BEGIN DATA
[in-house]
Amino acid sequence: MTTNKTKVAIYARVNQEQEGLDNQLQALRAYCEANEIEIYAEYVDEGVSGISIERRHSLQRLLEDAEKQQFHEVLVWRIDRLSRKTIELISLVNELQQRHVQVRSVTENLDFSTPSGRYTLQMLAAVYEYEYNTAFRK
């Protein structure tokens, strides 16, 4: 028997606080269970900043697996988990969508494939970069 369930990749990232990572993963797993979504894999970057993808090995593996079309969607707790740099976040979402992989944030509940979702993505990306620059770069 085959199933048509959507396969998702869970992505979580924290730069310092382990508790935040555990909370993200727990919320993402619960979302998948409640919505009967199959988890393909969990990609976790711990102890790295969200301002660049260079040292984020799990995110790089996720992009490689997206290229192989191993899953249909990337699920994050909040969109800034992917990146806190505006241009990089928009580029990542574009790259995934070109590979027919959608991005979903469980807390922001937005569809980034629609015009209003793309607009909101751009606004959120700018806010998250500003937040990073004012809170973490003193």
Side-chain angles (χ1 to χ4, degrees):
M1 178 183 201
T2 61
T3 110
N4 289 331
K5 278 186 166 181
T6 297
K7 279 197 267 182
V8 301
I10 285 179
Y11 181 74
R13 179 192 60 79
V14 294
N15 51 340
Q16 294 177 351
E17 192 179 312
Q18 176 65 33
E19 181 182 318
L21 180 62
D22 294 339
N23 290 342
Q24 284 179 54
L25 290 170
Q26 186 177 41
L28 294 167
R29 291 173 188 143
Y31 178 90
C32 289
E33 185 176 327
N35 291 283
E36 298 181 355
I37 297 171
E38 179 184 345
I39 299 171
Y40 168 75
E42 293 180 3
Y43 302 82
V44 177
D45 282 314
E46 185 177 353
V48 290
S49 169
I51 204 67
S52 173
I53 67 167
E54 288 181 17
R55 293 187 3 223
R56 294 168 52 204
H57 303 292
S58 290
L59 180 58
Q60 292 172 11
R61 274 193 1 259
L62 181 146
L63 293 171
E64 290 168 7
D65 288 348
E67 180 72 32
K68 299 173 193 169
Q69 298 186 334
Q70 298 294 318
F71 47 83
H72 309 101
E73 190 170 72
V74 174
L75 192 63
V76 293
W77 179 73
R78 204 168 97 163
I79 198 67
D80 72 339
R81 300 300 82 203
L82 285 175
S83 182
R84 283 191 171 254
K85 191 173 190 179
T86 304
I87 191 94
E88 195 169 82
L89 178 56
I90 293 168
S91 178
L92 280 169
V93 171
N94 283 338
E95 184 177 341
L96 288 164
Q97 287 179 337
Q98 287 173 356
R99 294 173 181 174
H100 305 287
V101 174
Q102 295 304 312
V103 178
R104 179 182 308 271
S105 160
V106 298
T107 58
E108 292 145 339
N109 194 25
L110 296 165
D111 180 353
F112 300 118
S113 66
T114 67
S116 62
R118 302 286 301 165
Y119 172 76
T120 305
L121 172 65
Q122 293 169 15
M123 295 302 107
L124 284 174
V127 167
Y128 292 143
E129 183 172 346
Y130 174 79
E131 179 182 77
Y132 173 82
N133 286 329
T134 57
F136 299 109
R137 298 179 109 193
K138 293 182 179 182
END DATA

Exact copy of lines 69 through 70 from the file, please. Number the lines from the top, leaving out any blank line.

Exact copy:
L75 192 63
V76 293